Natural Health Tips

Pecan Nuts Boost Heart Health and Prevent Diseases

Eating pecan nuts are linked to lowering the risk of developing heart disease or cancer, say researchers.

A new study demonstrates that naturally occurring antioxidants in pecans are associated with helping to reduce inflammation in the arteries, and contributing to heart health and disease prevention.

Pecan nuts are particularly rich in one form of the antioxidant Vitamin E called gamma-tocopherol, and the study showed that its levels in the body doubled eight hours after eating pecans.

"Our tests show that eating pecans increases the amount of healthy antioxidants in the body," said one researcher. "This protective effect is important in helping to prevent development of various diseases such as cancer and heart disease."

Study Details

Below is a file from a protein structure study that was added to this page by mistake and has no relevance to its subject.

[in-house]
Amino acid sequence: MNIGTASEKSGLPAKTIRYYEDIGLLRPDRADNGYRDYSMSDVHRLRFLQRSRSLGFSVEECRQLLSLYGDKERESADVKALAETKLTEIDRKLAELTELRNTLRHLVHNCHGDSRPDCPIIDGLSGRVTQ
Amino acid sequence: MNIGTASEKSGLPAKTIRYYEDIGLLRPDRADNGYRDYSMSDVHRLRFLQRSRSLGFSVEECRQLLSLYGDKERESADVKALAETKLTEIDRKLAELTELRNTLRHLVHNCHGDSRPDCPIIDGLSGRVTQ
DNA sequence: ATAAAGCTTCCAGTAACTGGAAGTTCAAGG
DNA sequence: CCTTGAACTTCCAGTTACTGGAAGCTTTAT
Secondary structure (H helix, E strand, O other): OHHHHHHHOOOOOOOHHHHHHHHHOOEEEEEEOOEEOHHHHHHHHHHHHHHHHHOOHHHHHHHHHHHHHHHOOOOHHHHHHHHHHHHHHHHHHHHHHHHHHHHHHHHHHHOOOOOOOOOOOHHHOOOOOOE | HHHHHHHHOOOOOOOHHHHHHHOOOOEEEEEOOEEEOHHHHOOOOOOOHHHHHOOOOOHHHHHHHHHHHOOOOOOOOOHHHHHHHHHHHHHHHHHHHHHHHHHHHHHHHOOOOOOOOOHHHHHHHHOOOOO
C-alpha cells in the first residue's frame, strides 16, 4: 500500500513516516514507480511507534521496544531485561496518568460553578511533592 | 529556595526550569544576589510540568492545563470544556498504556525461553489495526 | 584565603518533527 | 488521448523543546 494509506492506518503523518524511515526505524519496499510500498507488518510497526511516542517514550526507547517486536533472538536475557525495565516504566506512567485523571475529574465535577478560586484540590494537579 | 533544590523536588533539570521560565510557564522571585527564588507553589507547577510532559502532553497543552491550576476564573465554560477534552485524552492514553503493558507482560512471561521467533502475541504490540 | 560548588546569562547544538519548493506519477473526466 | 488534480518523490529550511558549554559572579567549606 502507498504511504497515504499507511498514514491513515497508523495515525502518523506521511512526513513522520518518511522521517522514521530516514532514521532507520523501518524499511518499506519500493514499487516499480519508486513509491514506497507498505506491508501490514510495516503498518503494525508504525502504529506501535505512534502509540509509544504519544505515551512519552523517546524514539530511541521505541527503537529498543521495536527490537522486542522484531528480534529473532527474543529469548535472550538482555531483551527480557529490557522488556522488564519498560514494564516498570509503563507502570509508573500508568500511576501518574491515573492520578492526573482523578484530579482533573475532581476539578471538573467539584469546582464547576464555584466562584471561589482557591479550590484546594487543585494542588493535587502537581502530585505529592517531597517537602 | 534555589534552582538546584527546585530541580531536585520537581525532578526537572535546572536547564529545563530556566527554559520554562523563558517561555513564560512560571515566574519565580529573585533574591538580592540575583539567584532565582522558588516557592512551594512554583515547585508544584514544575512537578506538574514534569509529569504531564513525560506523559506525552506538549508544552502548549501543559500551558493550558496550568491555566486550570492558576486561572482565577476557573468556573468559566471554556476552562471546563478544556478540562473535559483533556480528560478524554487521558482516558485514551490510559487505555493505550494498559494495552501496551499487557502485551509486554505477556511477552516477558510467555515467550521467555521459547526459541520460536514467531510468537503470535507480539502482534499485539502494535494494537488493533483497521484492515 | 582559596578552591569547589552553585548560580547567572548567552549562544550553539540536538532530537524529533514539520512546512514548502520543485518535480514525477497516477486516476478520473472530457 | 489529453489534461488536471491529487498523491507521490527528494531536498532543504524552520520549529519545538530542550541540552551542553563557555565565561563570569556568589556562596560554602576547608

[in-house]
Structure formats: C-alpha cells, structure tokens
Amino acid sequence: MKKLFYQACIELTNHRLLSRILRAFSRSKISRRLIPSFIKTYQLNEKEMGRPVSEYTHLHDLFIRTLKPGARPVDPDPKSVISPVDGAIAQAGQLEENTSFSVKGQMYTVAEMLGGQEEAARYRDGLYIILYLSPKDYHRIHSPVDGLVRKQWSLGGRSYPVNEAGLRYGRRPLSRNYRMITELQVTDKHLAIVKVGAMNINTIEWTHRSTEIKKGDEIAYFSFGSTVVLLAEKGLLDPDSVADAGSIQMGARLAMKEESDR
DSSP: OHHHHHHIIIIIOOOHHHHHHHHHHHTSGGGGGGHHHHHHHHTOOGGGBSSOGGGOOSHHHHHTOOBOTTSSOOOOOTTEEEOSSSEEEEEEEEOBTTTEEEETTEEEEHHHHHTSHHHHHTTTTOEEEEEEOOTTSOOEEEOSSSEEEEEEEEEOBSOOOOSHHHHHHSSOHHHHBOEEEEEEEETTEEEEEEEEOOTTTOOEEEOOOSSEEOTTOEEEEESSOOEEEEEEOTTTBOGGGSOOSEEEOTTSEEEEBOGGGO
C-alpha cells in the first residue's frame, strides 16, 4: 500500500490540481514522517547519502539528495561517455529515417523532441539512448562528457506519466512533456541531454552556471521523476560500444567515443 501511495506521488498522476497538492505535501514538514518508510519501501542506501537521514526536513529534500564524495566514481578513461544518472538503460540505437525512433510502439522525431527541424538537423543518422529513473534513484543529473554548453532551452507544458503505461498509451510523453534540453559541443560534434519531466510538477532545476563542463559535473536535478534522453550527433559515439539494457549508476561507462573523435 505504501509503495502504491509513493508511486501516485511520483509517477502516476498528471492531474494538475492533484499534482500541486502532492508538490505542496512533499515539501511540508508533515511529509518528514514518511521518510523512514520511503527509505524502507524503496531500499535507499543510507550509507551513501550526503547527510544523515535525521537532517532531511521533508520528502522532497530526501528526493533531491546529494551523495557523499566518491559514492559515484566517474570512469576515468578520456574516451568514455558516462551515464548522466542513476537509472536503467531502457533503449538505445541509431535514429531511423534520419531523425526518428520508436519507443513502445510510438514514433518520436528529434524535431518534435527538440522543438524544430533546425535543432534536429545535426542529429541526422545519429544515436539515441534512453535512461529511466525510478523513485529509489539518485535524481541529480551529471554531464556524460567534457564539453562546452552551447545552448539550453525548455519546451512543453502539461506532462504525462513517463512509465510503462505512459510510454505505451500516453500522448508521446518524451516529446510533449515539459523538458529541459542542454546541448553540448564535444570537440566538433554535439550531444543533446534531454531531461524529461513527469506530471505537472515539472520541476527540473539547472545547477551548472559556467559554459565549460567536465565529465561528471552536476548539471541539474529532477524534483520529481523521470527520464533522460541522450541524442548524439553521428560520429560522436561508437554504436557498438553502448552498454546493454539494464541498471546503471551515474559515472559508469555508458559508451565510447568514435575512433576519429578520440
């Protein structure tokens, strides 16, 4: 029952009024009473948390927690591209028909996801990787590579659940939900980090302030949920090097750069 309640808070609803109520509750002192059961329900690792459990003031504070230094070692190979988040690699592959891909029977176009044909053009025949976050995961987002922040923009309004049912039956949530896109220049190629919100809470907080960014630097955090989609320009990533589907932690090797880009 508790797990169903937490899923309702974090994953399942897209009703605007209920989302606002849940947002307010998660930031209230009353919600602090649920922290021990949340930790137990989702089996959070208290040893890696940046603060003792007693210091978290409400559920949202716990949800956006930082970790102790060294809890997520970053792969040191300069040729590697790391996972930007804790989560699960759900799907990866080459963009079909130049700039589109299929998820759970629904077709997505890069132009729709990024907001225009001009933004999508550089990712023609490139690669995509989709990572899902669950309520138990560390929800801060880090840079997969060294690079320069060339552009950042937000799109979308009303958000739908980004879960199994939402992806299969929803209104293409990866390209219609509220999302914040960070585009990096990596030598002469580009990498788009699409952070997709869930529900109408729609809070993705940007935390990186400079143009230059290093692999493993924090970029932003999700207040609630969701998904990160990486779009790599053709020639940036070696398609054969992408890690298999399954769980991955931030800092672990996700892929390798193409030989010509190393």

The researchers analyzed 16 men and women who ate a sequence of three diets, one of whole pecans, one of pecans blended with water, and a neutral 'control' meal.

Even after three hours, unhealthy oxidation of 'bad' cholesterol in the blood fell by up to a third. Oxidized LDL cholesterol is thought to further contribute to inflammation in the arteries and place people at greater risk of cardiovascular problems.

The author said: "This study is another piece of evidence that pecans are a healthy food,"

"Previous research has shown that pecans contain antioxidant factors. Our study shows these antioxidants are indeed absorbed in the body and provide a protective effect against diseases."

Just a handful of pecan nuts contain good amounts of Vitamin E, calcium, magnesium, potassium, zinc and fiber, and they are also a natural, high-quality source of protein. Pecans are also a rich source of oleic acid - the same type of fatty acid found in olive oil. Recent laboratory tests have shown that oleic acid has the ability to suppress the activity of a gene in cells thought to trigger breast cancer.

Research Paper Details:

Hudthagosol C, Haddad H, McCarthy K, et al. Pecans Acutely Increase Plasma Postprandial antioxidant Capacity and Catechins and Decrease LDL Oxidation in Humans. Journal of nutrition, 2010; 141 (1): 56.